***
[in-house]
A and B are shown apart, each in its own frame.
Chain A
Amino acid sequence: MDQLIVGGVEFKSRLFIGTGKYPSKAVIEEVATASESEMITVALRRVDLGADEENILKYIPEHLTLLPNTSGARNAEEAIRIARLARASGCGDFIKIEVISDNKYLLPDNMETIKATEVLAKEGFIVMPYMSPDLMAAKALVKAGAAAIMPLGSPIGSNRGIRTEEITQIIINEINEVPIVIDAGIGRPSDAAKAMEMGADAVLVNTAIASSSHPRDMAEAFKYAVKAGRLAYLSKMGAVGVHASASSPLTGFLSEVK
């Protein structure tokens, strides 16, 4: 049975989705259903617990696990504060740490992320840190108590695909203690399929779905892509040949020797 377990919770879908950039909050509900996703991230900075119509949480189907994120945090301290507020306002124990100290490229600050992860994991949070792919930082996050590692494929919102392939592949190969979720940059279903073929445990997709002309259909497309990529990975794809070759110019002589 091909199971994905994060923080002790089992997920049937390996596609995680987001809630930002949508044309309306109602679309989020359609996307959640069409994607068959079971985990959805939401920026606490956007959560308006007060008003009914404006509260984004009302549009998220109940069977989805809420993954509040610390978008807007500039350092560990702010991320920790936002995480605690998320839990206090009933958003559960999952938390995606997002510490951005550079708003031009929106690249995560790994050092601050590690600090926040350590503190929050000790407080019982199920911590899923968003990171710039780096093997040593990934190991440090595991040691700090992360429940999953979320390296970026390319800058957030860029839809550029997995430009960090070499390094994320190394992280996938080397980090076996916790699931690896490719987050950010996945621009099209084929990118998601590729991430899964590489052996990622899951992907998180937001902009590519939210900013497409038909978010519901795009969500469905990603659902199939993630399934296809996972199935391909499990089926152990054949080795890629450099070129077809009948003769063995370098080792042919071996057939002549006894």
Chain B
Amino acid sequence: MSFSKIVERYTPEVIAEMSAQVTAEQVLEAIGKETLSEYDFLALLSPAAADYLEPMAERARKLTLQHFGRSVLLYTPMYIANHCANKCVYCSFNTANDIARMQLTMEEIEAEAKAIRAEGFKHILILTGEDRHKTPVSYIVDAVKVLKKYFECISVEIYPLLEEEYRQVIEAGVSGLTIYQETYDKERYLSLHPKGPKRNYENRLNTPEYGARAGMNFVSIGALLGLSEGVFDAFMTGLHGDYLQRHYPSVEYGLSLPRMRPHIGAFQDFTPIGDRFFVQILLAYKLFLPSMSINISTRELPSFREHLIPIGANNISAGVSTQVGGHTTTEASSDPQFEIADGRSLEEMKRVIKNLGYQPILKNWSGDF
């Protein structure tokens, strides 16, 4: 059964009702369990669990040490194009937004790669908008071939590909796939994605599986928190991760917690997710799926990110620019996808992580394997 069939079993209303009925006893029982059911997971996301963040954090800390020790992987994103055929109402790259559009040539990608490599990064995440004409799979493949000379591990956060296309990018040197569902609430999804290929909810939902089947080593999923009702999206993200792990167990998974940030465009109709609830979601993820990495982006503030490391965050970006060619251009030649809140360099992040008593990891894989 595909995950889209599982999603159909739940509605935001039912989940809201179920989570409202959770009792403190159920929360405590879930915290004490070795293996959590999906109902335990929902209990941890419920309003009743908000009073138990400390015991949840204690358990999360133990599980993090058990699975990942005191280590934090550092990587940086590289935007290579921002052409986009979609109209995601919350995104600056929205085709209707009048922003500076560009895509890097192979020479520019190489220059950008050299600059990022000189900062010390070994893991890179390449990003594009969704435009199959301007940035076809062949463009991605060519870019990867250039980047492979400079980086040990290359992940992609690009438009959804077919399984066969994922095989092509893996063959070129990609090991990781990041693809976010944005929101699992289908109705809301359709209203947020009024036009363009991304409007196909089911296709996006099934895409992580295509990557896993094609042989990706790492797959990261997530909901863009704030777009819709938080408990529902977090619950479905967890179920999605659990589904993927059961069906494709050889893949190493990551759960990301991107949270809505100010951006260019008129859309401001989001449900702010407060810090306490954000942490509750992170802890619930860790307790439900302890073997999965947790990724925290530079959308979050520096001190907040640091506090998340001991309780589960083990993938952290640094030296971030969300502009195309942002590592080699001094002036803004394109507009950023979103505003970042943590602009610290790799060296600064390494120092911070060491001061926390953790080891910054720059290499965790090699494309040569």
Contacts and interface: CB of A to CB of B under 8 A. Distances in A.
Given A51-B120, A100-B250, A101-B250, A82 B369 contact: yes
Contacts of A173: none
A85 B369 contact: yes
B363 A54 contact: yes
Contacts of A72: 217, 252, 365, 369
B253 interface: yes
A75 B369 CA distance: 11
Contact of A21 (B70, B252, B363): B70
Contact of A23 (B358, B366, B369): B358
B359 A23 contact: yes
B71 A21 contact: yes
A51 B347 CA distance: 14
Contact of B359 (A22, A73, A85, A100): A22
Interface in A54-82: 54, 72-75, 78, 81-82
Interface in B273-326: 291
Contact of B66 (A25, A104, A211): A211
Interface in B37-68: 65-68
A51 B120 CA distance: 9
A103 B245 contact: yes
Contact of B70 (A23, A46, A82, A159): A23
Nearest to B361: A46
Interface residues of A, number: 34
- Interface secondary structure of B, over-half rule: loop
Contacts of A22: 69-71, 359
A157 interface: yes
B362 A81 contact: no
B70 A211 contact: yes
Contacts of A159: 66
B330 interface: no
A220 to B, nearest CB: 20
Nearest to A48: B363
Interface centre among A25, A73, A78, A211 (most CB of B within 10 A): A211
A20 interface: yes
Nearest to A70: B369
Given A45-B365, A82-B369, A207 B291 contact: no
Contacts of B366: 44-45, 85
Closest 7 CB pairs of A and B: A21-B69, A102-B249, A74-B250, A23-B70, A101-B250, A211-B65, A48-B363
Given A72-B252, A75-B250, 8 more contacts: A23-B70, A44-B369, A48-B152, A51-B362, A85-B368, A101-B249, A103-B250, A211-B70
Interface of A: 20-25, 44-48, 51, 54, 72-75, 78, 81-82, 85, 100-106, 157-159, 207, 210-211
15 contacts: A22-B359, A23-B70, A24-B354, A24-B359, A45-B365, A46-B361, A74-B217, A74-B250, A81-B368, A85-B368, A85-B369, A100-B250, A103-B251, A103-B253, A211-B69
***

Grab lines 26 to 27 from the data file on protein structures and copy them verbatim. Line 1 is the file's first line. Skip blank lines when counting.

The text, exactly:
Interface in B37-68: 65-68
A51 B120 CA distance: 9